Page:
What Happens After Prisoners Learn to Code?

www.theatlantic.com theatlantic.com3 years ago in #Dev Love500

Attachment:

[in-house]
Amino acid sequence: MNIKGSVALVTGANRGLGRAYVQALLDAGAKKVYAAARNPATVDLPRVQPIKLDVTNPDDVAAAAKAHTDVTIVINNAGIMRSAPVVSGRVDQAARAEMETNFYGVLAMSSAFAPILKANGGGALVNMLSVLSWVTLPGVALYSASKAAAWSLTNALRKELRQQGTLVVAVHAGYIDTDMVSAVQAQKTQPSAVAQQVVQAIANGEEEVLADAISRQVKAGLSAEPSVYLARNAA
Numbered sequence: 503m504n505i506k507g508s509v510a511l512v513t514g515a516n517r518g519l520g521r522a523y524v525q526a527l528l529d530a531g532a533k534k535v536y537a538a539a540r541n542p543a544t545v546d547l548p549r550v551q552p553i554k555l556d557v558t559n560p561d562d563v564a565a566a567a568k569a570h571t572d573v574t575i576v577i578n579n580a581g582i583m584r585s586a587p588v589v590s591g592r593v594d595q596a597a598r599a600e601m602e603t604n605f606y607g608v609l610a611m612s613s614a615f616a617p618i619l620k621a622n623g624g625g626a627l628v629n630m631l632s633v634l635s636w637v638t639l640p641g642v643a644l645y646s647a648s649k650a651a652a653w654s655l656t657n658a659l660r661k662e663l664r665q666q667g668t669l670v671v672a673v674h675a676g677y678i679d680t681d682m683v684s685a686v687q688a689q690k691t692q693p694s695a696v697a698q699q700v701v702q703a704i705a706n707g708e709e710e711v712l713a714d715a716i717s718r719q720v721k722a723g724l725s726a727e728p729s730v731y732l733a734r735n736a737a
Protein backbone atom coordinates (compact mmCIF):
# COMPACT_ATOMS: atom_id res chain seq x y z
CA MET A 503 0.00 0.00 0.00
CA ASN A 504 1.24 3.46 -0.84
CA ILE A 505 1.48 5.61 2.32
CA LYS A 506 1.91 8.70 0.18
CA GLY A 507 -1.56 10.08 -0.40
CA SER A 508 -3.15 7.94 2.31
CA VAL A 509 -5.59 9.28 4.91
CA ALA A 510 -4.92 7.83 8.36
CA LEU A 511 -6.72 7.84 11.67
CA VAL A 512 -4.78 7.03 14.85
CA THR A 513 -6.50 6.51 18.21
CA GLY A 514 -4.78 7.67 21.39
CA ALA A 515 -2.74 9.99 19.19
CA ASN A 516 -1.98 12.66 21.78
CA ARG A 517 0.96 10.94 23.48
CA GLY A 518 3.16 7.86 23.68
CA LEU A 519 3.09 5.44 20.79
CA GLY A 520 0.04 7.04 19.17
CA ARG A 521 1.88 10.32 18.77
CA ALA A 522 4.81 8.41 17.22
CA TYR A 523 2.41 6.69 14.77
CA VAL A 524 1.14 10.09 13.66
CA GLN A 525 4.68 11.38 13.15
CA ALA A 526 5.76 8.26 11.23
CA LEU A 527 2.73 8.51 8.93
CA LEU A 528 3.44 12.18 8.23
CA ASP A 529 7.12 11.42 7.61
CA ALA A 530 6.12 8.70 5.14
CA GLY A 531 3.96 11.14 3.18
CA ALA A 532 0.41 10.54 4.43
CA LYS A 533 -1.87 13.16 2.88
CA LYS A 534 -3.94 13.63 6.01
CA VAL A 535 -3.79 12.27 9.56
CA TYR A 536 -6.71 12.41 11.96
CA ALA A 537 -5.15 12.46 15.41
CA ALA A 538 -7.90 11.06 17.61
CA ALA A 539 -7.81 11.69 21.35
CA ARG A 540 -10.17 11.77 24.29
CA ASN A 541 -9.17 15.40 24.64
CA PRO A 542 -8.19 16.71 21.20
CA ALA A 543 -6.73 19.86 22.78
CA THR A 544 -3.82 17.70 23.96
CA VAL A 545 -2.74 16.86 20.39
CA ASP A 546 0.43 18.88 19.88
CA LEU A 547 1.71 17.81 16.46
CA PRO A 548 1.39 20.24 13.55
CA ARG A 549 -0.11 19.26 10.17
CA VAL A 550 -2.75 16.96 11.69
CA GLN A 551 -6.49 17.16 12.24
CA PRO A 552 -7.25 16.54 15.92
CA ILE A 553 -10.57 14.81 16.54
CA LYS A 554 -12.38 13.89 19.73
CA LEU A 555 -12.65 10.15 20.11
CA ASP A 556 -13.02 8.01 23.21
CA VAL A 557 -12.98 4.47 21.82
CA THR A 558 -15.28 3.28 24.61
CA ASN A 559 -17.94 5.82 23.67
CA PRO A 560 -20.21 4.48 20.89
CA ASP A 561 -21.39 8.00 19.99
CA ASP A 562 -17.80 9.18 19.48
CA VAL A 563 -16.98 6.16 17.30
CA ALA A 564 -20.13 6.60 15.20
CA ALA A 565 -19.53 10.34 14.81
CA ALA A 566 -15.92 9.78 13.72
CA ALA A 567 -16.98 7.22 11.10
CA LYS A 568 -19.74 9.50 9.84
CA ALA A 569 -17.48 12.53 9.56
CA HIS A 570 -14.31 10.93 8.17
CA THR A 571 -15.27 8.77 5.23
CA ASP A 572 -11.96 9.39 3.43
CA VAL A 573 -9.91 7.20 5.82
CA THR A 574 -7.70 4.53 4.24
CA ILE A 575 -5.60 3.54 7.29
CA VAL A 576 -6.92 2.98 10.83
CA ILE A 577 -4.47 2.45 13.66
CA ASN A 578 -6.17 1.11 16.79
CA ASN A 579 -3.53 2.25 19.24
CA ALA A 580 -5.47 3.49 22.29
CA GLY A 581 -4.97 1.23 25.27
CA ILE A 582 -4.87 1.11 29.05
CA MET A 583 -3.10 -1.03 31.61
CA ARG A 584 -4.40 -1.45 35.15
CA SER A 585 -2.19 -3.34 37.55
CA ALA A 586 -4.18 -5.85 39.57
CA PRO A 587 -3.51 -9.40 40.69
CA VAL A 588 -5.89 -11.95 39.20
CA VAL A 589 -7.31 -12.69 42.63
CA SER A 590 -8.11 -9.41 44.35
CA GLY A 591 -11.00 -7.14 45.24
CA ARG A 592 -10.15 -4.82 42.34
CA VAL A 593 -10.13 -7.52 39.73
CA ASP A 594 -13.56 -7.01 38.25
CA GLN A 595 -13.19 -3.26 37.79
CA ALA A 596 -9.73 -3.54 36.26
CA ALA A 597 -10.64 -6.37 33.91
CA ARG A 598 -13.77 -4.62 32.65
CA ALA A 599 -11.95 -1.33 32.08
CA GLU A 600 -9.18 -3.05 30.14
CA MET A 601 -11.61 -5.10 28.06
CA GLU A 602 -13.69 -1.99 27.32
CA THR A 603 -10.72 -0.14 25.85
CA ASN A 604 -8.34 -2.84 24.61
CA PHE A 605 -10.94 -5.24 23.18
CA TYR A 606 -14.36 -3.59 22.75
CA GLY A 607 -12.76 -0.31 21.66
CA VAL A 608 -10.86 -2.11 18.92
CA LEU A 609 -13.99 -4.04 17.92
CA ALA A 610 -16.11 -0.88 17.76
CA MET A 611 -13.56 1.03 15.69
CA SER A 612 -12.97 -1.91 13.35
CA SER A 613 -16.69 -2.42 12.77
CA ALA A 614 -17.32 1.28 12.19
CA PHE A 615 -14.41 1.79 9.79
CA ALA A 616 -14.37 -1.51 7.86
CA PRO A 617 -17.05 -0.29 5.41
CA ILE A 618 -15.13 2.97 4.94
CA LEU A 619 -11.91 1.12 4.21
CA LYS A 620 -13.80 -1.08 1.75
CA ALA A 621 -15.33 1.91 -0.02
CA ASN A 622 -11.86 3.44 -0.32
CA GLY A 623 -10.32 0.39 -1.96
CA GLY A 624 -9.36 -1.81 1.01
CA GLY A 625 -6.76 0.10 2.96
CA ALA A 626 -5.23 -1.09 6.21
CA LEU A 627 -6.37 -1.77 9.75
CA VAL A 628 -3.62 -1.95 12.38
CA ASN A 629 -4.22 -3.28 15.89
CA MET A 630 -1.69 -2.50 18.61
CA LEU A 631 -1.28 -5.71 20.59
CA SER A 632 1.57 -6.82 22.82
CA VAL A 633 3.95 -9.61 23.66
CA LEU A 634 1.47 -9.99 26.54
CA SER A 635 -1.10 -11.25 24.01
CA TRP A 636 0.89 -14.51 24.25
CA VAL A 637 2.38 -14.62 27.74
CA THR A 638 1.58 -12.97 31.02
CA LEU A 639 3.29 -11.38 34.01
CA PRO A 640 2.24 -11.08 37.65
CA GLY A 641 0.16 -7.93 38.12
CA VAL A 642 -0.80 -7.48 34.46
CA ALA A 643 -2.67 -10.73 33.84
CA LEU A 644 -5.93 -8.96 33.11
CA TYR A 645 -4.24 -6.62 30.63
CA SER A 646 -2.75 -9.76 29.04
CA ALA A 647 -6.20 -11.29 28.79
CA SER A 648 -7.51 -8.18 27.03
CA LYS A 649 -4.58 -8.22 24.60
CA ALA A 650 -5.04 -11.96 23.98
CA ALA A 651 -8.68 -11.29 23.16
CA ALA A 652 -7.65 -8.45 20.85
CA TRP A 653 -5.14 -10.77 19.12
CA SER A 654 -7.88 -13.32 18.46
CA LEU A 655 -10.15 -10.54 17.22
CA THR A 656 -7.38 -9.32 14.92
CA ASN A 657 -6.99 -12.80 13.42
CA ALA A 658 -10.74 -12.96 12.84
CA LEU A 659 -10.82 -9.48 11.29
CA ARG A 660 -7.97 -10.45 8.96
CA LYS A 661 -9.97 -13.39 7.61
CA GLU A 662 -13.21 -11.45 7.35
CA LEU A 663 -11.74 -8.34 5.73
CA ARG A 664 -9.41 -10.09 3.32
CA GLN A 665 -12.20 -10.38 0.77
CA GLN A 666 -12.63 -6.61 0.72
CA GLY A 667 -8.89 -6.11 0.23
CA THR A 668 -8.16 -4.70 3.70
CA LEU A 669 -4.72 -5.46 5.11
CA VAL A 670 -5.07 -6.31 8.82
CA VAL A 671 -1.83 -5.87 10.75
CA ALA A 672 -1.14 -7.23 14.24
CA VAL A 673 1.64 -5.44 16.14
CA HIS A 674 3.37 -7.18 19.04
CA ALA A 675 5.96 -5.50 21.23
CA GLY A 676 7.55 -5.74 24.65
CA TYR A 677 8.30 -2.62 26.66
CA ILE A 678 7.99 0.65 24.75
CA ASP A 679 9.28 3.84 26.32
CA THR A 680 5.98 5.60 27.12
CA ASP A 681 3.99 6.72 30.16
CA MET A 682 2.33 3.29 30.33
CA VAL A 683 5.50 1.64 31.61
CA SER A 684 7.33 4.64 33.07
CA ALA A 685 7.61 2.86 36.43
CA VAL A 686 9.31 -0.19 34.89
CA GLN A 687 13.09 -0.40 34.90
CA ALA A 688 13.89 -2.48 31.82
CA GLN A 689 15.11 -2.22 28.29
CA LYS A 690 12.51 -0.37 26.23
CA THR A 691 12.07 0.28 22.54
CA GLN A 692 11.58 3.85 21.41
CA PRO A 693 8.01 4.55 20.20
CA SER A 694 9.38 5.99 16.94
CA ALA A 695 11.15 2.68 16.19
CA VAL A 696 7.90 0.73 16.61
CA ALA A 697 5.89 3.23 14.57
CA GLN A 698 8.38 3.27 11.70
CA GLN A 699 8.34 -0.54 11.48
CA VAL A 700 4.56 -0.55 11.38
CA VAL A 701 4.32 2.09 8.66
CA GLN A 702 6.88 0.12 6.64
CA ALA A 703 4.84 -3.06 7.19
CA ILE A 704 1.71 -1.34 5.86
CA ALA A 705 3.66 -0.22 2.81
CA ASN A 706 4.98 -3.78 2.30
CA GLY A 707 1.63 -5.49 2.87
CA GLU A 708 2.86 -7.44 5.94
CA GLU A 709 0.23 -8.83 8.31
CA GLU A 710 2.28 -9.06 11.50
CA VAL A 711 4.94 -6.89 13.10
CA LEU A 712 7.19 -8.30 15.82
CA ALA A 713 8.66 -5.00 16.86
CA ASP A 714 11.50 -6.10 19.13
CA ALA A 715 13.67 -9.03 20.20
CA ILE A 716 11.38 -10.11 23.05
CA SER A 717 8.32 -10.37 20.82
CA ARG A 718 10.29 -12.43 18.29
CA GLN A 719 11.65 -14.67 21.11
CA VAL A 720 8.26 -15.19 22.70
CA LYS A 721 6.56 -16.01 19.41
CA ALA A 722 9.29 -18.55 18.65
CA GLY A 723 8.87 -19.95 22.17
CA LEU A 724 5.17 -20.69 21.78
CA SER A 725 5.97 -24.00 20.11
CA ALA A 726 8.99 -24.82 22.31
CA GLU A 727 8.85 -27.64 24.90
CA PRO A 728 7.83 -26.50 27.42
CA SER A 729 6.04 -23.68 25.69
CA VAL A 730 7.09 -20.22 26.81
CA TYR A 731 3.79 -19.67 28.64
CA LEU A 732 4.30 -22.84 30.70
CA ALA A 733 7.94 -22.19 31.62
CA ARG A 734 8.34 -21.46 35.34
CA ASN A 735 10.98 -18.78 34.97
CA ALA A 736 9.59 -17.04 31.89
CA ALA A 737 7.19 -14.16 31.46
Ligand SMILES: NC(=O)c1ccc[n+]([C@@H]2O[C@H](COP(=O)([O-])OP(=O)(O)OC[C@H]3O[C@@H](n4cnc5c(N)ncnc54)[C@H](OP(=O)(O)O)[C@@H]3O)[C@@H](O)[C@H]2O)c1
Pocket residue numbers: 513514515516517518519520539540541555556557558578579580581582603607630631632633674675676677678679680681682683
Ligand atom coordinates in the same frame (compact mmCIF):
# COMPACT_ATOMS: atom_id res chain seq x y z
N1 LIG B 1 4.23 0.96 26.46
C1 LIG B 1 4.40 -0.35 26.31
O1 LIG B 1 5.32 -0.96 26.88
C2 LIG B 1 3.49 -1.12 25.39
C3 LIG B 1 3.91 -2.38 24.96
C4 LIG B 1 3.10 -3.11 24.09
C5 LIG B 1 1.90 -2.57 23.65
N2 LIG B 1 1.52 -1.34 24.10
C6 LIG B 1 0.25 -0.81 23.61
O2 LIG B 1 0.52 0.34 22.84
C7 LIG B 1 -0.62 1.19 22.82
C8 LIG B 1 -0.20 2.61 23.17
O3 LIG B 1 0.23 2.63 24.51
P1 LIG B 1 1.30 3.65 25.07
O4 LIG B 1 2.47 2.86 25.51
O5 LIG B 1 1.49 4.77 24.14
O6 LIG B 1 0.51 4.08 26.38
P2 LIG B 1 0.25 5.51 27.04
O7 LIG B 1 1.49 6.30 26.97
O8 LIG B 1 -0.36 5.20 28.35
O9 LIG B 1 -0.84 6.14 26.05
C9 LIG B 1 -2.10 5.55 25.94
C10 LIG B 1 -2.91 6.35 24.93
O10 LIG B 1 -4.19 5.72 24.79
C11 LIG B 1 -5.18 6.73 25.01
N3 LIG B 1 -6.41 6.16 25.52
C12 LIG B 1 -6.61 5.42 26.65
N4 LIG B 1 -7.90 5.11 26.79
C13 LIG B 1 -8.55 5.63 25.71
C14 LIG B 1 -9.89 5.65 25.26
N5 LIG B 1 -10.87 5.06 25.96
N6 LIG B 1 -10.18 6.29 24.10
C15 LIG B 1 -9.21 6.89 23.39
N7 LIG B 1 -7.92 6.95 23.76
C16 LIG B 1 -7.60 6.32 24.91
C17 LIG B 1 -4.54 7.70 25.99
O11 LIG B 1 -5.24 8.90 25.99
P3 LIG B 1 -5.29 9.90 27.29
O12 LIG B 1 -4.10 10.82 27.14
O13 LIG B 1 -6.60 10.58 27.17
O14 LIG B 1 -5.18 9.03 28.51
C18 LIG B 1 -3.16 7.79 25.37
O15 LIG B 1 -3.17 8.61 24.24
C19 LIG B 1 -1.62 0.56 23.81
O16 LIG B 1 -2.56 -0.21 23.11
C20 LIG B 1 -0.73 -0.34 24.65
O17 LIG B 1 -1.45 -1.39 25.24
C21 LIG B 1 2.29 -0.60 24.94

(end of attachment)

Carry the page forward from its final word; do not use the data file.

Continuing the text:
Even before starting at Slack, there was the not-insignificant challenge of relocating to Silicon Valley—which Aguirre, Ornelas, and Anderson all had to do in order to accept their positions. All three had been paroled into other jurisdictions. Not only does transferring one’s parole assignment require a long, bureaucratic process, but simply finding an affordable place to live that accepts people with a criminal record—especially in the Bay Area, with its tight housing market—can be a full-time job in itself. Aguirre said he was pressured to leave the first place he lived by a roommate who grew uncomfortable with the idea of living with someone who had been in prison. After staying with a friend for almost a year, he applied for more than 50 apartments before he was able to find a more permanent home. “Finding a job is one thing—we all know the stigma associated with incarceration makes it really difficult to find work—but the same exists for housing,” said Kenyatta Leal, who is formerly incarcerated himself and now works for Slack as the “reentry manager” for the Next Chapter program. Read: How Slack got ahead in diversity Leal serves as a player-coach, mentoring Aguirre, Ornelas, and Anderson through issues such as housing, financial literacy, workplace norms, and the multitude of other reentry challenges that he has overcome himself. In addition to working with Leal, Aguirre, Ornelas, and Anderson also each have a technical mentor, a work-culture mentor, and a career coach, and Slack’s nonprofit partners help the apprentices navigate housing, parole, and travel, and educate Slack’s employees on criminal-justice issues. All of this helped Aguirre feel more welcome at the office, despite having come from a different background than those of many of his colleagues.   Aguirre grew up in Lynwood, California, a predominantly Latino community in South Los Angeles. When he was 11, his family moved east to Orange County, and a couple of years later Aguirre became involved with members of a local gang. He was cited by the local police for some minor offenses, like tagging a telephone pole in chalk, but no serious charges resulted. Then, on March 13, 2010, Ramon Magana, a young man with local gang affiliations, was shot with a shotgun carrying bird-shot ammunition. Witnesses at the scene said that Aguirre was not the shooter, but, according to police testimony, he had handed the gun to the person who eventually committed the crime. Aguirre was charged as an adult with attempted murder, assault, and gang affiliation. A few weeks after he turned 18, he was shipped off to prison with a life sentence. Aguirre’s sentence spurred a public outcry. In 2014, a California Court of Appeal determined that Aguirre had “ineffective” counsel and that his sentencing “raised issues of cruel and unusual punishment.” In a resentencing hearing, his time was reduced to seven years, plus a state-mandated 10-year enhancement for gang-related activity. Then, on Christmas Eve 2017, Aguirre learned that Jerry Brown, then the governor of California, had decided to cancel the 10-year enhancement, citing Aguirre’s exemplary behavior and work ethic in prison. By that time, Aguirre had gotten his GED, completed the coding boot camp, and served nearly eight years behind bars. He was up for immediate release. Fien Jorissen The prior year, Slack CEO Stewart Butterfield and a group of co-workers had visited a Last Mile program at San Quentin State Prison, just north of San Francisco. Butterfield was particularly impressed by the program’s rigor and the quality of the software the inmates were producing. Around the time Aguirre was released, Slack started laying the groundwork for what would eventually…

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